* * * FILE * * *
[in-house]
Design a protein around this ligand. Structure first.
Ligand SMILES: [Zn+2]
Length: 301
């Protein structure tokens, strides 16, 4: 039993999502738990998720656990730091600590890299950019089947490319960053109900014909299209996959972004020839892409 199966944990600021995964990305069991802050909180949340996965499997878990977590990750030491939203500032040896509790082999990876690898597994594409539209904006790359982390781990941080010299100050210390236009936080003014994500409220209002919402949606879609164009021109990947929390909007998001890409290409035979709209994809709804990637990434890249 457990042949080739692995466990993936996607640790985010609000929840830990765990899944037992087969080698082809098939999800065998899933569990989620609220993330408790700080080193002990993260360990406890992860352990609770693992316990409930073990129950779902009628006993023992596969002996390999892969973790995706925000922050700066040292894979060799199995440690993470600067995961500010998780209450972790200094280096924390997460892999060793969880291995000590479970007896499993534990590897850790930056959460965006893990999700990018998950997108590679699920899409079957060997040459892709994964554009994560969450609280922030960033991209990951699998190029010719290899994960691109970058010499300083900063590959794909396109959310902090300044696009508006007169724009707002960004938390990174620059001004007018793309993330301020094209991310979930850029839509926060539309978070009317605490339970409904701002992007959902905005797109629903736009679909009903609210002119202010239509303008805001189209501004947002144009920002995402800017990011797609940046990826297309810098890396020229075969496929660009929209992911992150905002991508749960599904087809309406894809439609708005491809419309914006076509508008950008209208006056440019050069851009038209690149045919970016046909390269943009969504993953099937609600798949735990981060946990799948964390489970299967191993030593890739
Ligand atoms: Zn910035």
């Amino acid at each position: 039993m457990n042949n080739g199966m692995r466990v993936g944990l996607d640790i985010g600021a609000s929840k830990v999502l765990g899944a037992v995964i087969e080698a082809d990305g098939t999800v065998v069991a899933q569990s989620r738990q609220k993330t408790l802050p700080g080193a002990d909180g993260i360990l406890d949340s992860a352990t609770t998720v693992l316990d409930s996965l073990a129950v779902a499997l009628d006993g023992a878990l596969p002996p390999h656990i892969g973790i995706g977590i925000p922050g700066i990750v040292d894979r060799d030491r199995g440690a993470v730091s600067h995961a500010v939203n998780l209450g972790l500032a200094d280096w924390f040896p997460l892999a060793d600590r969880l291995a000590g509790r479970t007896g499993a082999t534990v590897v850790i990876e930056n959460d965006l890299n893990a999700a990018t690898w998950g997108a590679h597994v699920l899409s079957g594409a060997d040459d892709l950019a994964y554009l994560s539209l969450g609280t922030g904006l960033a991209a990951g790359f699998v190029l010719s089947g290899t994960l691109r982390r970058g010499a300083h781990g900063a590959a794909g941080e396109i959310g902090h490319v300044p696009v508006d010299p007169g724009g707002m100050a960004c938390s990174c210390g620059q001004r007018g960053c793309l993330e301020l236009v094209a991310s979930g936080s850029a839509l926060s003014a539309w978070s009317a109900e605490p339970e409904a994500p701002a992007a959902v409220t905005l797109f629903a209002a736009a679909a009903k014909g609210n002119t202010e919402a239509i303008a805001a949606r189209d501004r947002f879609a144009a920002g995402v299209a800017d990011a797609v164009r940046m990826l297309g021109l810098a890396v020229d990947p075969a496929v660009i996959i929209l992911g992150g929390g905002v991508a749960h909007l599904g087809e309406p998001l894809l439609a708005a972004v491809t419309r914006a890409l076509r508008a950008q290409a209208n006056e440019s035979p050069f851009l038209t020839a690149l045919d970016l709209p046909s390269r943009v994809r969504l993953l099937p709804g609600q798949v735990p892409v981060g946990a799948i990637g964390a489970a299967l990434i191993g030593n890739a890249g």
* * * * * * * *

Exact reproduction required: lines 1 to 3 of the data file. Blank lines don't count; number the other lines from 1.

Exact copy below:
[in-house]
Design a protein around this ligand. Structure first.
Ligand SMILES: [Zn+2]